- Patrick Maflin
Pound Sterling (GBP)
The Pound put on a stronger performance towards the end of last week, due to increased speculation that the Bank of England (BoE) could tighten UK monetary policy in the not-too-distant future.
Sterling saw mixed movement throughout the second quarter or 2017 and was hampered by UK election news as well as general economic concerns.
Last week saw the publication of Britain’s final Q1 growth stats, which confirmed Britain had grown 0.2% quarter-on-quarter and 2% year-on-year in the first quarter of 2017 as expected. This week, investors are anticipating Britain’s June services PMI from Markit.
Sterling came under a little pressure on Monday as the manufacturing PMI dropped from 56.3 to 54.3.
US Dollar (USD)
Last week’s gains rounded off a strong quarter for GBP/USD, with the pair having strengthened 3.2% throughout the quarter overall. The pair currently trends near its best levels since May.
GBP/USD strength has been largely due to an increase in Bank of England (BoE) tightening bets, as well as concerns that US President Donald Trump will be unable to push his growth-focused economic plans through Congress.
Last week’s mixed data did little to alter Federal Reserve interest rate hike bets. The core PCE print of US inflation slipped from 1.5% to 1.4%, but on the other hand the Chicago PMI jumped to 65.7 and Michigan’s June consumer confidence survey only slipped to 95.1 rather than to 94.5. Michigan inflation expectations remained at 2.6%.
The Pound to Euro exchange rate ended last week slightly higher as investors settled positions at the end of the second quarter.
The Euro has been supported over the last week by increased hopes that the European Central Bank (ECB) is considering tightening its aggressive quantitative easing (QE) program. ECB tightening bets improved slightly towards the end of the week as Eurozone inflation slipped from 1.4% to 1.3% in June year-on-year, rather than the previously estimated 1.2%.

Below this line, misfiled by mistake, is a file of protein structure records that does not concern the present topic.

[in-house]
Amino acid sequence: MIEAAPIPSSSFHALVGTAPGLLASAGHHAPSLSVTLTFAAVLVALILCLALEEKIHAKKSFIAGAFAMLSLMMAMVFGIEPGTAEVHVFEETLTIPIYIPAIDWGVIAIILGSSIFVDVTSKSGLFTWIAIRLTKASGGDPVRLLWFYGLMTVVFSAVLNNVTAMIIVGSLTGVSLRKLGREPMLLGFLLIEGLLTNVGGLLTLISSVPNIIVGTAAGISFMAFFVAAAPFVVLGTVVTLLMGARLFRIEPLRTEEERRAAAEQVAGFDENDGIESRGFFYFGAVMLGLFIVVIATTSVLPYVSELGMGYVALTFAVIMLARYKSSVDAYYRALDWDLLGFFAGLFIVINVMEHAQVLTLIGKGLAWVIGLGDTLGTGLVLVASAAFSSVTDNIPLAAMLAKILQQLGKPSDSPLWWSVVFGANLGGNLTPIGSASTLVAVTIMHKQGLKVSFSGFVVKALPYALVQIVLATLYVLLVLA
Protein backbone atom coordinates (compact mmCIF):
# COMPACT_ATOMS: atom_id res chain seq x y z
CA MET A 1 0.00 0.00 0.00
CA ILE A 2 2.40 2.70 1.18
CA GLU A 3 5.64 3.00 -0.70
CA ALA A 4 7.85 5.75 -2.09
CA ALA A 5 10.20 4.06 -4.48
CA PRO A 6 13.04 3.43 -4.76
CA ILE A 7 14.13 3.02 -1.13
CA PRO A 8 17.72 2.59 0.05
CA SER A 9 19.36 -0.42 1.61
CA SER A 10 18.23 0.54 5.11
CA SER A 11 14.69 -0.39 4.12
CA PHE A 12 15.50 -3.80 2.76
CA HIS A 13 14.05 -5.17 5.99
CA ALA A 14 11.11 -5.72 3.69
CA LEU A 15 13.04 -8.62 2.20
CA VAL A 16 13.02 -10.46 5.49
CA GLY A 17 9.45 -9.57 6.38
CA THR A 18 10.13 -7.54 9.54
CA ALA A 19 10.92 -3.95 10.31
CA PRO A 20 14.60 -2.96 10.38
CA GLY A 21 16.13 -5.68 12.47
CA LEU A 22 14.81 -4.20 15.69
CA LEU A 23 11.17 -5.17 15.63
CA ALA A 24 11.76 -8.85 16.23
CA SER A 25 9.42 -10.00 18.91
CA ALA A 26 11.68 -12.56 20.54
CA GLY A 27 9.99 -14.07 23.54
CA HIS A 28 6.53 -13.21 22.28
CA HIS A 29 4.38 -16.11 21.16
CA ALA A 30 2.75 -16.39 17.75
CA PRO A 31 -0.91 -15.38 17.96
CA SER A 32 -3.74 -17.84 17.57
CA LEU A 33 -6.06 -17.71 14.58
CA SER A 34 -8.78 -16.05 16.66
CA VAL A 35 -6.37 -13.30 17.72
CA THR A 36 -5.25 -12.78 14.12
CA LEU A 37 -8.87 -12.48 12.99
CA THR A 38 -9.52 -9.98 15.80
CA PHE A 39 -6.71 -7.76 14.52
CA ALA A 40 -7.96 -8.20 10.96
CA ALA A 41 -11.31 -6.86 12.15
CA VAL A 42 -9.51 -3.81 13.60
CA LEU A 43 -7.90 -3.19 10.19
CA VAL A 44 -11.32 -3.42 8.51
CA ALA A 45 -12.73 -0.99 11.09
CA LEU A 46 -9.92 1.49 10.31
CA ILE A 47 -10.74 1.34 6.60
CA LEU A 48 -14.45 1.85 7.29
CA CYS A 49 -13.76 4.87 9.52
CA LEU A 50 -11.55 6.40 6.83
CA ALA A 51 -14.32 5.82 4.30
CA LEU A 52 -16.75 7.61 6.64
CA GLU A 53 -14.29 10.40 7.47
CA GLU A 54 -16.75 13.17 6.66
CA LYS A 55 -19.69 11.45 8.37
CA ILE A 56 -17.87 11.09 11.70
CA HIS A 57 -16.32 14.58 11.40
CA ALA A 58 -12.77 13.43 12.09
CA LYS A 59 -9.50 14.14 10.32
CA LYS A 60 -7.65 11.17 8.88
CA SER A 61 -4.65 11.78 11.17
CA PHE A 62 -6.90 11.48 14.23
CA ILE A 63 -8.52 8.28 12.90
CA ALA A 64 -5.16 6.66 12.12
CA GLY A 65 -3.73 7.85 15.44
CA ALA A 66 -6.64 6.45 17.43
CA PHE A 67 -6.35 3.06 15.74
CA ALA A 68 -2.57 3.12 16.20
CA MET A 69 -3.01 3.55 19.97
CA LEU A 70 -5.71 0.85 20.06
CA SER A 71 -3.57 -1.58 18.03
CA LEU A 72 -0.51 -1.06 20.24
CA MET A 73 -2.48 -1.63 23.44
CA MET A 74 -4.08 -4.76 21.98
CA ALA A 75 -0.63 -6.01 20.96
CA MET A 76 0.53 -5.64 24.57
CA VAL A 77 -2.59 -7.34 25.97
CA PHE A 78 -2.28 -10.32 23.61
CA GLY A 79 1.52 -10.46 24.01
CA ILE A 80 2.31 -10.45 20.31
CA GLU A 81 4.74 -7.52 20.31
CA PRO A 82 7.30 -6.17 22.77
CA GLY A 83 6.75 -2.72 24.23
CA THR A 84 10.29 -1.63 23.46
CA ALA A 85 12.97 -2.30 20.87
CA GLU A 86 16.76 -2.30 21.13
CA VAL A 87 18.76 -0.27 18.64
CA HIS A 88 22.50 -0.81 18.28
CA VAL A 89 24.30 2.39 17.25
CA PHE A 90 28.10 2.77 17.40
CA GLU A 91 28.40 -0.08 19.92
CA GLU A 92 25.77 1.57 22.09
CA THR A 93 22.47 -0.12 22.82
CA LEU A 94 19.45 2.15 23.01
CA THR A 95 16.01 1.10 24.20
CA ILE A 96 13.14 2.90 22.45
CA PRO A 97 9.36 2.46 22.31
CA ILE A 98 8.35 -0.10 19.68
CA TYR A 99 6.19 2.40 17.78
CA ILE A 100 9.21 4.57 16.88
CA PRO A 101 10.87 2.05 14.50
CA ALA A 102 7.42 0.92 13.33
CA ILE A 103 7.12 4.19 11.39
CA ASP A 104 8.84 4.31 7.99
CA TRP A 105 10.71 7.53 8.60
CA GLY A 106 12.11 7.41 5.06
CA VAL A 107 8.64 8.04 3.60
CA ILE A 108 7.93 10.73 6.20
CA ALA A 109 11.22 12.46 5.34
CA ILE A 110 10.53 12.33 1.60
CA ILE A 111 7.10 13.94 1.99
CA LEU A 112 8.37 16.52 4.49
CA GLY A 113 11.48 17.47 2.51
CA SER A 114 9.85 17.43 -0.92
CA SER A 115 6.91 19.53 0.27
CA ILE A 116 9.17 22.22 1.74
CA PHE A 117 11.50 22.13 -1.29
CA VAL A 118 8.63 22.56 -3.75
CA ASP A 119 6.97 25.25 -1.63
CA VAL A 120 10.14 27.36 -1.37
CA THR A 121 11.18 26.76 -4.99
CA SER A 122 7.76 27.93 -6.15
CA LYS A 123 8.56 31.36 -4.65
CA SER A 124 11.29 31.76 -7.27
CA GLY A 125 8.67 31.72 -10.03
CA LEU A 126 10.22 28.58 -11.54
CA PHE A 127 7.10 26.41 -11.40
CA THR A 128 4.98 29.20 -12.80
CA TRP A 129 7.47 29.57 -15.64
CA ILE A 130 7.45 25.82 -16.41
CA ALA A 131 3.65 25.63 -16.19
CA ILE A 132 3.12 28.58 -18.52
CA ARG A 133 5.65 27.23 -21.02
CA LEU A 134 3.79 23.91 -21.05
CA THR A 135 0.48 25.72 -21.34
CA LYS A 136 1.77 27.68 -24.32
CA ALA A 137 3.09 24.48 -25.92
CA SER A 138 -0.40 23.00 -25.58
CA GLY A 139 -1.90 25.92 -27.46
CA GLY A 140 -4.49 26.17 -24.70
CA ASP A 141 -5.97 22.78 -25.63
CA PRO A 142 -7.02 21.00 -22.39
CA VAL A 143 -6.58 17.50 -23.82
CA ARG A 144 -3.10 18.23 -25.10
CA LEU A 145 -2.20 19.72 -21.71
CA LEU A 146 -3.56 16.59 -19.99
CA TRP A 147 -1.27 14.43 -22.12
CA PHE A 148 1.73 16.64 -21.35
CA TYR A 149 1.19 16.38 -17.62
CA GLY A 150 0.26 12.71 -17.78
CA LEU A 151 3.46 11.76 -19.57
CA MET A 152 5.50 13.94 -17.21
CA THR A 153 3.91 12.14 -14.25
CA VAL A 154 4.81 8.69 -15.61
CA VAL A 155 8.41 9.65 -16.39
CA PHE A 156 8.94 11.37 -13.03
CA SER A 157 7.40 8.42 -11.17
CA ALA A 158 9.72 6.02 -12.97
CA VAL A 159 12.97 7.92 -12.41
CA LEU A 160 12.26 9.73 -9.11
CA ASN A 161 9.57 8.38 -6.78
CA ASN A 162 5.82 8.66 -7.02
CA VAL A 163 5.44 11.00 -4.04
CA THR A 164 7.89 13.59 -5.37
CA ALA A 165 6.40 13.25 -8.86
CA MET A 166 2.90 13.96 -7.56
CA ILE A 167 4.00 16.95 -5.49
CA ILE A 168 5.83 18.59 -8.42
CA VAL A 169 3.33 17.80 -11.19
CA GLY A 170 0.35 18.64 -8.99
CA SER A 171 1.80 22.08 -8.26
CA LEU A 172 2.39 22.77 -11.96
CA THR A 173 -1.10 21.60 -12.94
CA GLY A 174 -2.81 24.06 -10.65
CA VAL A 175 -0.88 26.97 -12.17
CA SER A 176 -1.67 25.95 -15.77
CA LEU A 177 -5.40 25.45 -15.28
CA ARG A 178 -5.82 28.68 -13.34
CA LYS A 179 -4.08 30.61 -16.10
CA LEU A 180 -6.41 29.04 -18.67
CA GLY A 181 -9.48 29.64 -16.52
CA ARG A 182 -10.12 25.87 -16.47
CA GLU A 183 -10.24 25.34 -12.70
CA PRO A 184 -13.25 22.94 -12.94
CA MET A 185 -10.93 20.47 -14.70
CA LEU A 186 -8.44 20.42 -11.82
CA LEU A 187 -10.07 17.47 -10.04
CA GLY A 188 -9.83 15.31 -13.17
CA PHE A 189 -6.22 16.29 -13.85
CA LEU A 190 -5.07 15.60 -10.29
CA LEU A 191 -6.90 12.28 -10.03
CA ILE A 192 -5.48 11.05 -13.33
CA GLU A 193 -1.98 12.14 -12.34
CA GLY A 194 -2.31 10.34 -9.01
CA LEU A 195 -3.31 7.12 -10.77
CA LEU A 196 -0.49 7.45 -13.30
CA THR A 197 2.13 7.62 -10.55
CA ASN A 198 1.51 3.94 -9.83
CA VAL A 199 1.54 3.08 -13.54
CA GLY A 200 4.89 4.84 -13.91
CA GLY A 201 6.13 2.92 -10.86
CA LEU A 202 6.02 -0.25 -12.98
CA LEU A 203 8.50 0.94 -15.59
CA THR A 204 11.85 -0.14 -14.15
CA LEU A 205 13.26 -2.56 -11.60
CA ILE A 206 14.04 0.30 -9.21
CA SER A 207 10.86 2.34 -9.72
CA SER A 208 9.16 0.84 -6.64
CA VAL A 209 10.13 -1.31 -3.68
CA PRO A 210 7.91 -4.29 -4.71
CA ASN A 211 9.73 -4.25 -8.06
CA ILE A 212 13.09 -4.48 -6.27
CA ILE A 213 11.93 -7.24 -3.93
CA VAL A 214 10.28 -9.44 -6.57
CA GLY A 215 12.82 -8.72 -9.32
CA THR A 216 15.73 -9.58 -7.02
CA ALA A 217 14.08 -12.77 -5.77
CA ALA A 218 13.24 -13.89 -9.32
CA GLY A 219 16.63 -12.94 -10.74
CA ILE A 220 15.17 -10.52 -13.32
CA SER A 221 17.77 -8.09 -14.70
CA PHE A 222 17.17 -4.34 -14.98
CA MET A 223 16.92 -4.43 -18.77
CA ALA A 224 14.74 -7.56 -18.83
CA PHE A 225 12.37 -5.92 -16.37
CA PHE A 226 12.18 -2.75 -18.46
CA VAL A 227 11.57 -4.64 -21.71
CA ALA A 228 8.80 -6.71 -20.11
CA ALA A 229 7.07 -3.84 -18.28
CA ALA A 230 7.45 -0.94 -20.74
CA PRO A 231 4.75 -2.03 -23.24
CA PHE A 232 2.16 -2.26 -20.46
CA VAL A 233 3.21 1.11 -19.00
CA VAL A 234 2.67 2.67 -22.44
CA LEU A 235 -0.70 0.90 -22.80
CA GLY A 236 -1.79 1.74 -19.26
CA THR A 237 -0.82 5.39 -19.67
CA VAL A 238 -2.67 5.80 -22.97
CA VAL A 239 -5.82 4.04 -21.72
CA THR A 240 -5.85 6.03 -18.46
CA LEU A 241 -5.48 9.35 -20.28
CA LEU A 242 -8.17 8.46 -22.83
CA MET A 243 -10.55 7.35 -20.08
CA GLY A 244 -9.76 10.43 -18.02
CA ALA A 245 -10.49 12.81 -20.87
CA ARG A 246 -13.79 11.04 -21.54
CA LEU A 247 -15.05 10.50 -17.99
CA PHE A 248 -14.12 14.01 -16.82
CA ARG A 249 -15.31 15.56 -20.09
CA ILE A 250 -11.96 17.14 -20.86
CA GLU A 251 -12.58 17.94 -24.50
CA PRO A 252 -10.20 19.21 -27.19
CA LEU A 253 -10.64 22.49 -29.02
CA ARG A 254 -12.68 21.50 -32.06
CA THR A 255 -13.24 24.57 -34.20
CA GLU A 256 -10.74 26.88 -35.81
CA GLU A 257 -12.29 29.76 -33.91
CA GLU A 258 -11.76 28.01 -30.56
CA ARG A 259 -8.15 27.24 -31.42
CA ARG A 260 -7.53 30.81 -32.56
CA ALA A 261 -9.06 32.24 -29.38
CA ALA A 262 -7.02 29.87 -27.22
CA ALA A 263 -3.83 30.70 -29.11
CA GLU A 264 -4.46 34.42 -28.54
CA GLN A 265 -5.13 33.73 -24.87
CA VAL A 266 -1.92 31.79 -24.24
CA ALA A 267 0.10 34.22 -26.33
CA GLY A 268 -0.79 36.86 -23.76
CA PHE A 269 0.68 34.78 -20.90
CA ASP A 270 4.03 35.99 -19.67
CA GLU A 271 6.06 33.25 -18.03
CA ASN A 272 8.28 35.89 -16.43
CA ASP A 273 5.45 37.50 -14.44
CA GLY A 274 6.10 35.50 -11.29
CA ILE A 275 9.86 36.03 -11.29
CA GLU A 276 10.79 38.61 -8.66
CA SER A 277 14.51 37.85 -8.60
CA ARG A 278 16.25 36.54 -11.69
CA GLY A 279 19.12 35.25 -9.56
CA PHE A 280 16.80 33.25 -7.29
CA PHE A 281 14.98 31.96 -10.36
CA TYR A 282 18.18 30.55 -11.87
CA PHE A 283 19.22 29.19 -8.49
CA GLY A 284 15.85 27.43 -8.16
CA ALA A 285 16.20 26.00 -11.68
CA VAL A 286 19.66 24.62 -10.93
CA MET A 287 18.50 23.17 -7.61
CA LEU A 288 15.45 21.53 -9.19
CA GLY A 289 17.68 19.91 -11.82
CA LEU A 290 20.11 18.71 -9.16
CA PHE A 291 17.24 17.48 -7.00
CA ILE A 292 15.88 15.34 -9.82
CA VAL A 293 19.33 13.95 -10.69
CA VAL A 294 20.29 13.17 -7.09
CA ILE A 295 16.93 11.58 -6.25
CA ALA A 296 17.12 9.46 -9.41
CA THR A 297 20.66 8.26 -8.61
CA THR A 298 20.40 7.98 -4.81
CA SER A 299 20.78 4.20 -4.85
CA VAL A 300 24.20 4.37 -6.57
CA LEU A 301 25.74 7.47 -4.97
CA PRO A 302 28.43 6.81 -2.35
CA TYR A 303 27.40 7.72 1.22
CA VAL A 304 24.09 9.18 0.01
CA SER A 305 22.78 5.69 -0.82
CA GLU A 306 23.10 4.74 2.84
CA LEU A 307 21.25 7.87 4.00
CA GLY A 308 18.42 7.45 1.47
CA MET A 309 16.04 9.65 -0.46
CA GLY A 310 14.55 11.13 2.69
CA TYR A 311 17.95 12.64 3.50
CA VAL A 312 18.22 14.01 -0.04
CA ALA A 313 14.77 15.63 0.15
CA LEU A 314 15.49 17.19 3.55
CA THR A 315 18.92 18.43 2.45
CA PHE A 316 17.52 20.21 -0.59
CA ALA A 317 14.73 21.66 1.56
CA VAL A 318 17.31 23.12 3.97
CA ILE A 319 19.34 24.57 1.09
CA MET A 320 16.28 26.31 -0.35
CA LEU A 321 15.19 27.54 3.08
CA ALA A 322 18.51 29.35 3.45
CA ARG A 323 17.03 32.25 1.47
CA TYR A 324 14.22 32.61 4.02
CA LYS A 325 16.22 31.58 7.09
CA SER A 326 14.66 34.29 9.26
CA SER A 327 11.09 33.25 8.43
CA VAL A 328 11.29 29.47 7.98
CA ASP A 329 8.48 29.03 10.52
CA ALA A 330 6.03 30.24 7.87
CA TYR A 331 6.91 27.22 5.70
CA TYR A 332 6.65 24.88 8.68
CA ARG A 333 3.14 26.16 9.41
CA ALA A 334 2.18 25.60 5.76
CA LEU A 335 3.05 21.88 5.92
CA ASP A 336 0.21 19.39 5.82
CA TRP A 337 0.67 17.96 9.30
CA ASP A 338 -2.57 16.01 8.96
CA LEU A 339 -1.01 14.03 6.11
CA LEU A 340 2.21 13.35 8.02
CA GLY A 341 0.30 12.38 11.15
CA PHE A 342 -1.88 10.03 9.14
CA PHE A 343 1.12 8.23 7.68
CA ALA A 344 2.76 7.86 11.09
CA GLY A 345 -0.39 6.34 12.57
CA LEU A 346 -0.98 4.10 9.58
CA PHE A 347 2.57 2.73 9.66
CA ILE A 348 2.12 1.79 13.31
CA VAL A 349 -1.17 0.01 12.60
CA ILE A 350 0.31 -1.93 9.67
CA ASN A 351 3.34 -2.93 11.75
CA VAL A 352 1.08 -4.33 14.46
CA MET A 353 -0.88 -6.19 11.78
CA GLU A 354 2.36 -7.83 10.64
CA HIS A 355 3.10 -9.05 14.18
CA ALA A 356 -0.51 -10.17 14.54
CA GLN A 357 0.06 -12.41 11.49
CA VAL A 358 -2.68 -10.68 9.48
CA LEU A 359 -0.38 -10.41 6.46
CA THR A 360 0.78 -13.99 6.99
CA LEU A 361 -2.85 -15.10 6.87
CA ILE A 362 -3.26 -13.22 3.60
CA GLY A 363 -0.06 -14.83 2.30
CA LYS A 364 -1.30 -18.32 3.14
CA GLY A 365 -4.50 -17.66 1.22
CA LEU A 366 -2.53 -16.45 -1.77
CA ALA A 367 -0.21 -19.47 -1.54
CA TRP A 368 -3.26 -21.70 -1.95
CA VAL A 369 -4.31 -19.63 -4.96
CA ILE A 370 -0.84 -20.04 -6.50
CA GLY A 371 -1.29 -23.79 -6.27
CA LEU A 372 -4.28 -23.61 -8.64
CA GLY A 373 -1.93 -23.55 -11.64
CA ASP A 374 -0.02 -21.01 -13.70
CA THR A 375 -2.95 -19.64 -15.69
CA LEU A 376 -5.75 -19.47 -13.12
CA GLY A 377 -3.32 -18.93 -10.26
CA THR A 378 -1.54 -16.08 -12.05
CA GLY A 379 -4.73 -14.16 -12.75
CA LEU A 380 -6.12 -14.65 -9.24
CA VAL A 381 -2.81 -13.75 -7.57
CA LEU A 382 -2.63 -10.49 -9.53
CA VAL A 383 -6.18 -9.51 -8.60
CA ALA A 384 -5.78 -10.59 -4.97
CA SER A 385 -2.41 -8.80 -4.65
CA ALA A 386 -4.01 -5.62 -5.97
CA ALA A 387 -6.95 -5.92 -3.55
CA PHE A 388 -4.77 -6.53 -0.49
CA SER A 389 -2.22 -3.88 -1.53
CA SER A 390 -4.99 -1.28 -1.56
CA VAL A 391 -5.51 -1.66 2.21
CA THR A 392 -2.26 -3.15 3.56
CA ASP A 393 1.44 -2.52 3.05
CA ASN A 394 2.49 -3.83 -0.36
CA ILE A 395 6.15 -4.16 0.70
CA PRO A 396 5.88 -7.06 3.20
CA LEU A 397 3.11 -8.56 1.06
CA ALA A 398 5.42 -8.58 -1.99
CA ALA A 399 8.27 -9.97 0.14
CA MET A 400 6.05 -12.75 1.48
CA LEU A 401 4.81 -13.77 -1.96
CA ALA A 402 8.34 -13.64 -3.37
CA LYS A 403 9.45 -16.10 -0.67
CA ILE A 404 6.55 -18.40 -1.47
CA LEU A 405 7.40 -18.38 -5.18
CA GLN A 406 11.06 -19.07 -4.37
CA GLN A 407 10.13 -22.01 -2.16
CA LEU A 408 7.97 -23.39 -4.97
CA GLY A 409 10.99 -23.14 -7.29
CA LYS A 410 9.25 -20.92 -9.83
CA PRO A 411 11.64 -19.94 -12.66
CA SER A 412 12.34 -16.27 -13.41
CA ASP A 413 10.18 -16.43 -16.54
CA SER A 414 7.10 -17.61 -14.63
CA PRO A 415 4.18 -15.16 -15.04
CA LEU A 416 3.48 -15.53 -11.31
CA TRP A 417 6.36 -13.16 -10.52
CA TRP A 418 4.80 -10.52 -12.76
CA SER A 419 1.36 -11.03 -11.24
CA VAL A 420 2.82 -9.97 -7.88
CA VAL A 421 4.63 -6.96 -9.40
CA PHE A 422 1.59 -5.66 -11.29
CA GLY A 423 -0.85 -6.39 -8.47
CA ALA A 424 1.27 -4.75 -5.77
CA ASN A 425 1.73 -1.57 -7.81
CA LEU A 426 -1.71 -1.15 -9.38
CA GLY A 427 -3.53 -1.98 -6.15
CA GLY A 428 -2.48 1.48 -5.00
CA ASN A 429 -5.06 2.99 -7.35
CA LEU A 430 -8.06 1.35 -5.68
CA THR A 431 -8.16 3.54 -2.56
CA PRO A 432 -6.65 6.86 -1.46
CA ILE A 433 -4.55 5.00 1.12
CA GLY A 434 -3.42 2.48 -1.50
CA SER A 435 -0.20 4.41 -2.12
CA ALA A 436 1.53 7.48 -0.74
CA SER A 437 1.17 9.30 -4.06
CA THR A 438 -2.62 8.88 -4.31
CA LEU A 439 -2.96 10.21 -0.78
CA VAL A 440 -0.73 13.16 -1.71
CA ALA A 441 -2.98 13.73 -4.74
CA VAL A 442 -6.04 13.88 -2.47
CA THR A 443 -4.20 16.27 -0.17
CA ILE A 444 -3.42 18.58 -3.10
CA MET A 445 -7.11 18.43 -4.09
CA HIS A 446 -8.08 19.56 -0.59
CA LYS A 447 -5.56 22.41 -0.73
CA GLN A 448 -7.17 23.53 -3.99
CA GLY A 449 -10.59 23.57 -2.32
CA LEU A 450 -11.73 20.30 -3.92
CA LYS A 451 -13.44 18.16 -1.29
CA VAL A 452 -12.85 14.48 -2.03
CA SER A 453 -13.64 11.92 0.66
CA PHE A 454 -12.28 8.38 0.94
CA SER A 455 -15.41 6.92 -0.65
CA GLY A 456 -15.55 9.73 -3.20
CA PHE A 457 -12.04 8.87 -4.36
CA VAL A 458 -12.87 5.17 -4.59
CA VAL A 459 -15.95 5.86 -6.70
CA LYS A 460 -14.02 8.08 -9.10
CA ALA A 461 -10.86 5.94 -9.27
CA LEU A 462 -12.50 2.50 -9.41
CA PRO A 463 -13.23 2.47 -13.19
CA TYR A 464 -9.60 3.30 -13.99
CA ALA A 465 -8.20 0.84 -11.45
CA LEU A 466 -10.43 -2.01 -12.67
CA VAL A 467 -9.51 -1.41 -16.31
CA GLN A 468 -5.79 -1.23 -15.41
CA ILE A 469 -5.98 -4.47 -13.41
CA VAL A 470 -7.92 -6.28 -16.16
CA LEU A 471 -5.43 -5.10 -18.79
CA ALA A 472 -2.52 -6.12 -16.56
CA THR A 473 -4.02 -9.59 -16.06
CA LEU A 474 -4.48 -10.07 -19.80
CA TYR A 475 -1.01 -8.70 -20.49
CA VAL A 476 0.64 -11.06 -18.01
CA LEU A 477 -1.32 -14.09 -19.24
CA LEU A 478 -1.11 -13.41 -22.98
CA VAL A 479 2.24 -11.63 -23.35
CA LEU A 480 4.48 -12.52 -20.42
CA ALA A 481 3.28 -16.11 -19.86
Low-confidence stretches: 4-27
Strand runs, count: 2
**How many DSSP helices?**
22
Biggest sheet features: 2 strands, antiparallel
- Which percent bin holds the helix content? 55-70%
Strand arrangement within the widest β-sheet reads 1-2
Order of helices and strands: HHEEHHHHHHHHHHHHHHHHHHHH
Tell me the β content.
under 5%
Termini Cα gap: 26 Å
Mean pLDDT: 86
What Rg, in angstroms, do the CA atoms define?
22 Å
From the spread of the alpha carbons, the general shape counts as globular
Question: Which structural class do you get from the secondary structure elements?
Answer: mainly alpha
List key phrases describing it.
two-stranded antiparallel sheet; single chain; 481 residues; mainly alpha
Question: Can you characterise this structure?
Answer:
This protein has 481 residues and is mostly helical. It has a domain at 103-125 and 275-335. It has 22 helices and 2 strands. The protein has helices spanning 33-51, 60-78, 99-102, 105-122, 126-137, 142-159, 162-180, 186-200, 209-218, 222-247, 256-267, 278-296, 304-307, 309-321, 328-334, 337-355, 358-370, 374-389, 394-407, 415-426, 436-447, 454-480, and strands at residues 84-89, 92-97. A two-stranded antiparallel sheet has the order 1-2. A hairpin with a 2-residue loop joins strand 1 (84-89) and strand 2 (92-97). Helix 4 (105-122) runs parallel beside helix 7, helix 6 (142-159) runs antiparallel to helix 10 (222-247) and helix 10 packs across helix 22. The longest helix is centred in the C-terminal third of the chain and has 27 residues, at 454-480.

If ECB officials begin to take a more hawkish tone, the Euro could climb in the weeks ahead.
Monday saw the publication of the Eurozone’s final June manufacturing PMI, which beat expectations of 57.3 and came in at 57.4.
Australian Dollar (AUD)
The Pound to Australian Dollar exchange rate ended last week over a cent above its opening levels.
GBP/AUD held its ground on Monday despite an improvement in AiG’s Australian manufacturing index in June. The index improved from 54.8 to 55.
However, Australia’s building permits report from May was much worse than expected. It was projected to contract by -2% but instead plunged from 4.8% to -5.6%.
New Zealand Dollar (NZD)
The Pound to New Zealand Dollar exchange rate put in a solid advance last week as the New Zealand Dollar was sold from recent highs on profit-taking while the Pound benefitted from the week’s Bank of England (BoE) bets. On Monday morning, GBP/NZD continued to edge higher but has so far been unable to hold last week’s highs.
Canadian Dollar (CAD)
The Pound to Canadian Dollar exchange rate traded in a narrow range last week as both currencies were strengthened by domestic factors.
Solid Canadian growth stats have supported a recent increase in Bank of Canada (BOC) interest rate hike hopes, with some investors betting on a rate hike taking place this month. Investors began betting the BOC would hike rates after Governor Stephen Poloz claimed that rate cuts had done their job.
Year-on-year growth in Canada improved from 3.2% to 3.3% in April following a monthly expansion of 0.2%.
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